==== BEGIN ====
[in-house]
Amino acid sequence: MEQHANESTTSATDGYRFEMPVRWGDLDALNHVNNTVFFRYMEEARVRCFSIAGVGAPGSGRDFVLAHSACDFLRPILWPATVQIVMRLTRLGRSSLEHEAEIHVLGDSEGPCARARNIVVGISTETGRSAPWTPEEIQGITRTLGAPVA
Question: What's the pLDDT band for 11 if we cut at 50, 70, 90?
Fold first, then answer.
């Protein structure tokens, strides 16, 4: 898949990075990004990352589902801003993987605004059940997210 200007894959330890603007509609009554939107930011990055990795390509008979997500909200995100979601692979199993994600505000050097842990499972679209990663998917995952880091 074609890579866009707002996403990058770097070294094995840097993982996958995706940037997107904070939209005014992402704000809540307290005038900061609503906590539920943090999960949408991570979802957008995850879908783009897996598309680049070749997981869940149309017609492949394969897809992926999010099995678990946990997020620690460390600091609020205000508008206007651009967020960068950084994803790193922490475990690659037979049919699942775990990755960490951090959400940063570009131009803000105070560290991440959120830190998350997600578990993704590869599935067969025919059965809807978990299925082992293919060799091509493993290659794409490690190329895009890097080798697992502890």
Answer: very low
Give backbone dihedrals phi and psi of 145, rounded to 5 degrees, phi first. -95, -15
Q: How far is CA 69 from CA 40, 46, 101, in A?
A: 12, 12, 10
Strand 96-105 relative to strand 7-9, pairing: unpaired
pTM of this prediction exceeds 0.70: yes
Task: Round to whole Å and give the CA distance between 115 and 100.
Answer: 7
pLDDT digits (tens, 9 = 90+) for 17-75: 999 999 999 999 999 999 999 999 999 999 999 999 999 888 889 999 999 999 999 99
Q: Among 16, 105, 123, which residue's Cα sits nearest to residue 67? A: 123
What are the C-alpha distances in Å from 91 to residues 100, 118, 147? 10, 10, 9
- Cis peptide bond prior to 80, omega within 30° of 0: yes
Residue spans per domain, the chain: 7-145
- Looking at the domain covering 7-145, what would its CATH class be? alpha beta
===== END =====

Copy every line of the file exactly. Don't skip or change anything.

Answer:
[in-house]
Amino acid sequence: MEQHANESTTSATDGYRFEMPVRWGDLDALNHVNNTVFFRYMEEARVRCFSIAGVGAPGSGRDFVLAHSACDFLRPILWPATVQIVMRLTRLGRSSLEHEAEIHVLGDSEGPCARARNIVVGISTETGRSAPWTPEEIQGITRTLGAPVA
Question: What's the pLDDT band for 11 if we cut at 50, 70, 90?
Fold first, then answer.
């Protein structure tokens, strides 16, 4: 898949990075990004990352589902801003993987605004059940997210 200007894959330890603007509609009554939107930011990055990795390509008979997500909200995100979601692979199993994600505000050097842990499972679209990663998917995952880091 074609890579866009707002996403990058770097070294094995840097993982996958995706940037997107904070939209005014992402704000809540307290005038900061609503906590539920943090999960949408991570979802957008995850879908783009897996598309680049070749997981869940149309017609492949394969897809992926999010099995678990946990997020620690460390600091609020205000508008206007651009967020960068950084994803790193922490475990690659037979049919699942775990990755960490951090959400940063570009131009803000105070560290991440959120830190998350997600578990993704590869599935067969025919059965809807978990299925082992293919060799091509493993290659794409490690190329895009890097080798697992502890």
Answer: very low
Give backbone dihedrals phi and psi of 145, rounded to 5 degrees, phi first. -95, -15
Q: How far is CA 69 from CA 40, 46, 101, in A?
A: 12, 12, 10
Strand 96-105 relative to strand 7-9, pairing: unpaired
pTM of this prediction exceeds 0.70: yes
Task: Round to whole Å and give the CA distance between 115 and 100.
Answer: 7
pLDDT digits (tens, 9 = 90+) for 17-75: 999 999 999 999 999 999 999 999 999 999 999 999 999 888 889 999 999 999 999 99
Q: Among 16, 105, 123, which residue's Cα sits nearest to residue 67? A: 123
What are the C-alpha distances in Å from 91 to residues 100, 118, 147? 10, 10, 9
- Cis peptide bond prior to 80, omega within 30° of 0: yes
Residue spans per domain, the chain: 7-145
- Looking at the domain covering 7-145, what would its CATH class be? alpha beta